5. Wi is a scalar vector which is given by
6. Final the feed forward pre filter and feedback controller (K1 and K2) can be determined by following equation
The schematic diagram of controller is given in following Figure 6.
Figure 6. 2 DOF H-∞ loop shaping controller diagram

4. Simulation Results and Comparison of H-∞ Controller and H-∞ Loop Shaping Controller Design and Analysis

4.1. H-∞ Controller Design and Analysis

In our study the rocket parameters are selected from Table 1. Figure 7 shows generalized structure of H-∞ controller[13].
To design H-∞ controller, select the weight functions in such way that controller order will be equal to total number of system states plus weight function[14]. Basic requirement of weight function is to tune the controller[14].
Figure 7. H-∞ generalized feedback control system
Figure 8. Nominal performance for H-∞ controller
The sensitivity weight function is selected as
Similarly complimentary sensitivity function is selected as
The tracking performance weight function Ws is aimed at minimizing low frequency tracking error and the robustness weighting function Wp is to reject high frequency multiplicative uncertainties[14]. In addition the control energy weight function is selected as
The objective is to avoid actuator operating at high frequencies which lead to saturation[16] . The model matching function is the ideal model to be matched by designed closed loop system which can be selected as[16]
The actuator noise weight function chosen as
With above data H-∞ controller is designed. The γ value obtained is 0.1509 which satisfies small gain theorem[12]. The nominal performance is analyzed and it is 0.00039808 as shown in Figure 8. The frequency response of structured singular values for the case of robust stability is shown in Figure 9. The maximum value of μ is 0.47663 which means that stability of closed loop system is preserved under all perturbations that satisfy [12] .The frequency response of μ for the case of robust performance analysis is given in Figure 10. The peak value of μ is 1.22245 which shows that robust performance has not been achieved.
Figure 11 shows the transient response of closed loop system with designed H-∞ controller for step signal with magnitude which corresponds to change in normal acceleration. The overshoot is 22.74% and settling time is 2.84 sec. The fins deflection obtained is 0.1881 rad. ( 11.78°) as shown in Figure 12. The pitch rate variation obtained is 0.1232 (rad/sec) shown in Figure 13 .
Figure 9. μ- Robust stability for H-∞ controller
Figure 10. Robust performance for H-∞ controller
Figure 11. Acceleration response for H-∞ controller
Figure 12. Fins deflection response for H-∞ controller
Figure 13. Pitch rate response for H-∞ controller

4.2. H-∞ Loop Shaping Controller Design and Analysis

Here in attitude controller of rocket is designed with and pitch rate as feedback inputs. The pre compensator W1 selected as
Pre compensator is always a PI form to have enough slope in the cross frequency while low gain in high frequency can provide enough damping to gain the robustness[17]. The post compensator W2 is selected as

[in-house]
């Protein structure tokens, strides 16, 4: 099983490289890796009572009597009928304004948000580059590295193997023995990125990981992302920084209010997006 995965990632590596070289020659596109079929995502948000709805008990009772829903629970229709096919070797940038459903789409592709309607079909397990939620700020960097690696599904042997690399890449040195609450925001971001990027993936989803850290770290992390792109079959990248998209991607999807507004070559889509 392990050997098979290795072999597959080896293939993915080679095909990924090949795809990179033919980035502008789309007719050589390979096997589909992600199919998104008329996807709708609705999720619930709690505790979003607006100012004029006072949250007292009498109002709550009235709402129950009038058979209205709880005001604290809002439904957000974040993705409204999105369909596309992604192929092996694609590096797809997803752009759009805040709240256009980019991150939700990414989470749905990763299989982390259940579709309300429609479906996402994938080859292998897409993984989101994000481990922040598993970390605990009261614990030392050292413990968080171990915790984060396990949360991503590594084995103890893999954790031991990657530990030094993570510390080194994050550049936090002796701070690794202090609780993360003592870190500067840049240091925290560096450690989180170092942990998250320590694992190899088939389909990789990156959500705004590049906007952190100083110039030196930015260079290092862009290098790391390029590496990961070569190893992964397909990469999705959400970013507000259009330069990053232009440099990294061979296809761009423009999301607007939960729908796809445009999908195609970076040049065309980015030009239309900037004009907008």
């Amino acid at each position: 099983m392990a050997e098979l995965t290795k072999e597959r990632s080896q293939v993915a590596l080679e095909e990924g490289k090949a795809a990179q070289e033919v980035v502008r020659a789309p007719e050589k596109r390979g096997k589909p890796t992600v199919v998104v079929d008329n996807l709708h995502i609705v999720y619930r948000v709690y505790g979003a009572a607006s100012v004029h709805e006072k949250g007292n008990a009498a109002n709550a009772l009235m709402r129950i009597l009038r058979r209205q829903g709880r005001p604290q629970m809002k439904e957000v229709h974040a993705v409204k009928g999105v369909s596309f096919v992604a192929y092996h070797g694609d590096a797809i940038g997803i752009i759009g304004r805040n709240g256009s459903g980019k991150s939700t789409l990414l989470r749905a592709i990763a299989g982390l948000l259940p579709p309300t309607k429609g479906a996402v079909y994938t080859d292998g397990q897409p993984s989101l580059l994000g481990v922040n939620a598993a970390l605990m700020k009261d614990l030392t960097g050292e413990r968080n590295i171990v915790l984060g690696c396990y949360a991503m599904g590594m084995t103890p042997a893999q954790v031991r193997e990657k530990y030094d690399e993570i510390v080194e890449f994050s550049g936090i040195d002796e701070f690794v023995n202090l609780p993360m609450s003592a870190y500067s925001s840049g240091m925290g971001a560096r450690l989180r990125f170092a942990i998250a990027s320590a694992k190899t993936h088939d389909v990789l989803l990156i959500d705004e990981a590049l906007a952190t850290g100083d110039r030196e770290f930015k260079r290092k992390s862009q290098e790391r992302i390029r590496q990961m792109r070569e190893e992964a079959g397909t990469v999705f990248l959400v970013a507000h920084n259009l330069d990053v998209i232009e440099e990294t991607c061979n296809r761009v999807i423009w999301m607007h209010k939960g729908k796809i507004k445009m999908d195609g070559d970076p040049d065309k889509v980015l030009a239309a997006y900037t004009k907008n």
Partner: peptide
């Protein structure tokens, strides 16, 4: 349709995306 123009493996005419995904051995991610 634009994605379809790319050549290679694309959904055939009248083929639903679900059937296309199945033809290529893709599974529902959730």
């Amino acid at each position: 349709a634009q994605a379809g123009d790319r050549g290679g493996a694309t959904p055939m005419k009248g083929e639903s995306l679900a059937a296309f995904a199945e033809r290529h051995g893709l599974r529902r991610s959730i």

Post compensator generally reflects the relativeimportance of outputs to be controlled and therefore it can be chosen as a identity matrix[15]. The diagonal weight function puts constant weights on control actuators[16].In such a way W1 and W2 are used to modify the nominal system G as W2GW1. The value of is taken as 1.The model matching function is selected as
Synthesize the controller Kto make transfer function from disturbance to error minimum. For all MIMO systems for γ < 4 it can be shown theoretically that controller K does not change shapes of singular values[19]. The robust stability is achieved without significant degradation in original characteristics. If γ > 4 then readjust the weight matrix. The controller is synthesized and stability margin (emax) calculated is 0.40851. The gamma value obtained is 2.44792 which satisfies stability margin. Figure 14 shows the frequency response of initial plant and shaped plant.
The sensitivity function of the closed loop system is shown in Figure 15. It can be see that requirement of disturbance attenuation is satisfied[18]. The nominal performance is analyzed and it is 0.0053998 as shown in Figure 16. The frequency response of structured singular values for case of robust stability is shown in Figure 17. The maximum value of μ obtained is 0.25883 which means that stability of closed loop system is preserved under all perturbations that satisfy [12]. The frequency response of μ for the case of robust performance analysis is given in Figure 18. The peak value of μ is 0.41893 which shows that robust performance is achieved and in higher frequency range it maintains constant value.
Figure 19 shows the transient response of the closed loop system with designed 2 DOF H-∞ loop shaping controller for step signal with magnitude which corresponds to change in normal acceleration. The overshoot is found to be 14.72%and corresponding settling time is 2.23 sec. The fins deflection obtained is 0.1617 rad. ( 9.27°) as shown in Figure 20. The pitch rate variation obtained is 0.1 (rad/sec) as shown in Figure 21.
Figure 14. Frequency response of initial plant and shaped plant for H-∞ loop shaping controller